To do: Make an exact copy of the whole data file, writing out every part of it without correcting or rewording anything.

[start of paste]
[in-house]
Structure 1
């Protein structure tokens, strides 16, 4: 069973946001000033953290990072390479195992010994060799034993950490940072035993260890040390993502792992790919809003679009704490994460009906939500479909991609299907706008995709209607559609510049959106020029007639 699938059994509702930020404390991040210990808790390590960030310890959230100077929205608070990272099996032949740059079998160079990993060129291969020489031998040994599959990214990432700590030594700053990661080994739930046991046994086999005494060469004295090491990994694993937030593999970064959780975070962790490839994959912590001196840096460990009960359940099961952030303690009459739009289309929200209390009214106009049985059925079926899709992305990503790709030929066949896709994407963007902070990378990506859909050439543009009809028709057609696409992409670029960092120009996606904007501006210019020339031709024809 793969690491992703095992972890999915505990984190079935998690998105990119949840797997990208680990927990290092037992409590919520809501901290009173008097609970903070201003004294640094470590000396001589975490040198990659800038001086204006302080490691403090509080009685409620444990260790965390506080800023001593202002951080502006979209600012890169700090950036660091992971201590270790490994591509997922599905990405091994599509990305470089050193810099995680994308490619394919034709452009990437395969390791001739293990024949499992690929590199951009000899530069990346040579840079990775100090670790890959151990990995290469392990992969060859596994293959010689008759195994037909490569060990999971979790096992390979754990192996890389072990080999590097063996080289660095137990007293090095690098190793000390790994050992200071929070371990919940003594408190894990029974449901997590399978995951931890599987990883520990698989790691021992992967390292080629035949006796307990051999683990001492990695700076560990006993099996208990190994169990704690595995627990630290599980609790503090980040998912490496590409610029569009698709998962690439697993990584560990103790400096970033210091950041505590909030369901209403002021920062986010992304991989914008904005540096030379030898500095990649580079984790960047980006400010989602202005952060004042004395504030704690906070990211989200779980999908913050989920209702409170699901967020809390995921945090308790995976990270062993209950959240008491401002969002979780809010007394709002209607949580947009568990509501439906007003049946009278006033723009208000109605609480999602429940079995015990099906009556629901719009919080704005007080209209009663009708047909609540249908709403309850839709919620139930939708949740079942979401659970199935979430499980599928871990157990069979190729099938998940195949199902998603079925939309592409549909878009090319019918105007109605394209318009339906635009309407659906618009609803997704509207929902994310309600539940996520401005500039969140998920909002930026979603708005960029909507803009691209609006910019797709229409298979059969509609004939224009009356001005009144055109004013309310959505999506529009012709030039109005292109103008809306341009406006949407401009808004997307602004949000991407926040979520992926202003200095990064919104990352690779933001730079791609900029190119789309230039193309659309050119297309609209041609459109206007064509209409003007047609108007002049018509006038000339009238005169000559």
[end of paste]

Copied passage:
[in-house]
Structure 1
């Protein structure tokens, strides 16, 4: 069973946001000033953290990072390479195992010994060799034993950490940072035993260890040390993502792992790919809003679009704490994460009906939500479909991609299907706008995709209607559609510049959106020029007639 699938059994509702930020404390991040210990808790390590960030310890959230100077929205608070990272099996032949740059079998160079990993060129291969020489031998040994599959990214990432700590030594700053990661080994739930046991046994086999005494060469004295090491990994694993937030593999970064959780975070962790490839994959912590001196840096460990009960359940099961952030303690009459739009289309929200209390009214106009049985059925079926899709992305990503790709030929066949896709994407963007902070990378990506859909050439543009009809028709057609696409992409670029960092120009996606904007501006210019020339031709024809 793969690491992703095992972890999915505990984190079935998690998105990119949840797997990208680990927990290092037992409590919520809501901290009173008097609970903070201003004294640094470590000396001589975490040198990659800038001086204006302080490691403090509080009685409620444990260790965390506080800023001593202002951080502006979209600012890169700090950036660091992971201590270790490994591509997922599905990405091994599509990305470089050193810099995680994308490619394919034709452009990437395969390791001739293990024949499992690929590199951009000899530069990346040579840079990775100090670790890959151990990995290469392990992969060859596994293959010689008759195994037909490569060990999971979790096992390979754990192996890389072990080999590097063996080289660095137990007293090095690098190793000390790994050992200071929070371990919940003594408190894990029974449901997590399978995951931890599987990883520990698989790691021992992967390292080629035949006796307990051999683990001492990695700076560990006993099996208990190994169990704690595995627990630290599980609790503090980040998912490496590409610029569009698709998962690439697993990584560990103790400096970033210091950041505590909030369901209403002021920062986010992304991989914008904005540096030379030898500095990649580079984790960047980006400010989602202005952060004042004395504030704690906070990211989200779980999908913050989920209702409170699901967020809390995921945090308790995976990270062993209950959240008491401002969002979780809010007394709002209607949580947009568990509501439906007003049946009278006033723009208000109605609480999602429940079995015990099906009556629901719009919080704005007080209209009663009708047909609540249908709403309850839709919620139930939708949740079942979401659970199935979430499980599928871990157990069979190729099938998940195949199902998603079925939309592409549909878009090319019918105007109605394209318009339906635009309407659906618009609803997704509207929902994310309600539940996520401005500039969140998920909002930026979603708005960029909507803009691209609006910019797709229409298979059969509609004939224009009356001005009144055109004013309310959505999506529009012709030039109005292109103008809306341009406006949407401009808004997307602004949000991407926040979520992926202003200095990064919104990352690779933001730079791609900029190119789309230039193309659309050119297309609209041609459109206007064509209409003007047609108007002049018509006038000339009238005169000559």